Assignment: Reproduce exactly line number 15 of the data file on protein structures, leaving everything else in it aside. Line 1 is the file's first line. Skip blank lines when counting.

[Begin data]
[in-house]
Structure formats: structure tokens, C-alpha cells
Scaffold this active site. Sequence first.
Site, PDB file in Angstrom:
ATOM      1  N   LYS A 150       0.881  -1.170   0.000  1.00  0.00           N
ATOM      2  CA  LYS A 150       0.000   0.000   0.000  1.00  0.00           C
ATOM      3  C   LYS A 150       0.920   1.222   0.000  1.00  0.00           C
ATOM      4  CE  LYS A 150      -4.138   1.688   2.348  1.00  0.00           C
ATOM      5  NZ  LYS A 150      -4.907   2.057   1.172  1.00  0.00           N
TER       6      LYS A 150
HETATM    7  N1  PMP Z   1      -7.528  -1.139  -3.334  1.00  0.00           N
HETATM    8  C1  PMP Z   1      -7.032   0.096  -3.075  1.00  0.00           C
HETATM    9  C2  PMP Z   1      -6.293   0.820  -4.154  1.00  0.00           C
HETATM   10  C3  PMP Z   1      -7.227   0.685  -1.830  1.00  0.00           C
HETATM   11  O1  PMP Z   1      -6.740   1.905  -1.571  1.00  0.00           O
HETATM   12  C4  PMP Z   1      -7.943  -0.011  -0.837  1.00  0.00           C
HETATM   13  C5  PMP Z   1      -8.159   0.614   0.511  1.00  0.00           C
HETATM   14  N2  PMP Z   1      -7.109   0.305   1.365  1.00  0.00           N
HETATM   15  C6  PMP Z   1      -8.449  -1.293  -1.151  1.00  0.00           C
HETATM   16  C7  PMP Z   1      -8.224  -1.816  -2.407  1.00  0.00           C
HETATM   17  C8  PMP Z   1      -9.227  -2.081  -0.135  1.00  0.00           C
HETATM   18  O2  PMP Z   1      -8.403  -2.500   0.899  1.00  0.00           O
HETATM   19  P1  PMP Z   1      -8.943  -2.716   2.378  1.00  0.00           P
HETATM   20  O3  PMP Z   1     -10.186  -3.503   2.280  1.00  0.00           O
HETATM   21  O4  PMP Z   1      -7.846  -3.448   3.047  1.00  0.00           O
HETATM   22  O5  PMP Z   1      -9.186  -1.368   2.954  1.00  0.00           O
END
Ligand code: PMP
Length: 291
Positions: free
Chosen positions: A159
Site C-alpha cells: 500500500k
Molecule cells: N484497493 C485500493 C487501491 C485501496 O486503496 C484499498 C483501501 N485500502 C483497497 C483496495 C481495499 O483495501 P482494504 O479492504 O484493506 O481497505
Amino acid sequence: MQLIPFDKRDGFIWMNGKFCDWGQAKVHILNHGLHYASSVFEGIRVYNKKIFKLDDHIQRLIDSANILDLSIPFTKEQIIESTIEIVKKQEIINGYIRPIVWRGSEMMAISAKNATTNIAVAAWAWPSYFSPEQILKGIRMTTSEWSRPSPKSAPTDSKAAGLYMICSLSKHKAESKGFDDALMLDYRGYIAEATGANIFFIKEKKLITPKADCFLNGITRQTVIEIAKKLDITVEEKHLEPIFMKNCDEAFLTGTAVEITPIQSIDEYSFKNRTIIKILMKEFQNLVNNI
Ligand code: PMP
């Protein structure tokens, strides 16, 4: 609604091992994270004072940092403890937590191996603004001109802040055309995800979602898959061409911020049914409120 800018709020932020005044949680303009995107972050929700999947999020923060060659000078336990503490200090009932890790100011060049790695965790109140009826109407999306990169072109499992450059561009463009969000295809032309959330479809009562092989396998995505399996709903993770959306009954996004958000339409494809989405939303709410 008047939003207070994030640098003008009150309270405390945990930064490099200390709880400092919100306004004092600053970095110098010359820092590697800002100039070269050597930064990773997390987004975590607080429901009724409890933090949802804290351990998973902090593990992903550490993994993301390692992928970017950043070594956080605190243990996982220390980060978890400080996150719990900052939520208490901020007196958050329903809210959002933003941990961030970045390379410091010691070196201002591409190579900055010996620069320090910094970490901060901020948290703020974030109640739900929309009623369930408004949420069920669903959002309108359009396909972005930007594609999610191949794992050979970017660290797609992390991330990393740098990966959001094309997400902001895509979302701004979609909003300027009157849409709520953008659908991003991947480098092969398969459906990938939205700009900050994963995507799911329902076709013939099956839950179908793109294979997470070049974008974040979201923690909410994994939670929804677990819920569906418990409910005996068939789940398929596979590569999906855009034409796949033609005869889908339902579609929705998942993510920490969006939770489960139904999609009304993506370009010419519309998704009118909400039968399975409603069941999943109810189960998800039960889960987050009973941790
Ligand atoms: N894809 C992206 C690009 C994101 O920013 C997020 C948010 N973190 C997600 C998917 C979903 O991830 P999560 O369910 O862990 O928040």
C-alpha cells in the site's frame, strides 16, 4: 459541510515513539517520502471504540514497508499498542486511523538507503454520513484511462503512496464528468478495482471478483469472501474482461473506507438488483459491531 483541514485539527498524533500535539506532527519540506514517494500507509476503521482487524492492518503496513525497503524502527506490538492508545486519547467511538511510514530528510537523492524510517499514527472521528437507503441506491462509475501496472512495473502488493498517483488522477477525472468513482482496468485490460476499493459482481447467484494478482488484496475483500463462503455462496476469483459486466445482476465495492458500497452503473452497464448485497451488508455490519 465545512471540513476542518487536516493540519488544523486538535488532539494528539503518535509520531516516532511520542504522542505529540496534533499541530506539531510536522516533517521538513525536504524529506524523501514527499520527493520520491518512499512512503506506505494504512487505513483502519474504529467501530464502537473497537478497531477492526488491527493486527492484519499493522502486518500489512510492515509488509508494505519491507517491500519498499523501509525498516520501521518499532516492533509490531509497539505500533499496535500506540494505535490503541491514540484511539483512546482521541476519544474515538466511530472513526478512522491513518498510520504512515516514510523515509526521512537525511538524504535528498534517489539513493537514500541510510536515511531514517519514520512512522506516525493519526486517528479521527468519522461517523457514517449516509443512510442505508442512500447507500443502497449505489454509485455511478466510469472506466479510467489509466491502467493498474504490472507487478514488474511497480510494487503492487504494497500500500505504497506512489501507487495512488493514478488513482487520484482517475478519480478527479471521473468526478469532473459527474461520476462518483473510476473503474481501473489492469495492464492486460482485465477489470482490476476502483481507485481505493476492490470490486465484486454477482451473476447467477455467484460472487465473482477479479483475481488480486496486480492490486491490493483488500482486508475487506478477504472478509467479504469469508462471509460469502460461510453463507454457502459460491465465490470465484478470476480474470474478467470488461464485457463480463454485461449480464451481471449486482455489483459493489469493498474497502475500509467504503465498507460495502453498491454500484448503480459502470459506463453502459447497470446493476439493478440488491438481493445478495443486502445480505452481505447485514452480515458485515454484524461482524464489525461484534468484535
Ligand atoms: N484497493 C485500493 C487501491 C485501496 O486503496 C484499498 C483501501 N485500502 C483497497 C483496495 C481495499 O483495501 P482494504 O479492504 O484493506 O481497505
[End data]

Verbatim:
HETATM   11  O1  PMP Z   1      -6.740   1.905  -1.571  1.00  0.00           O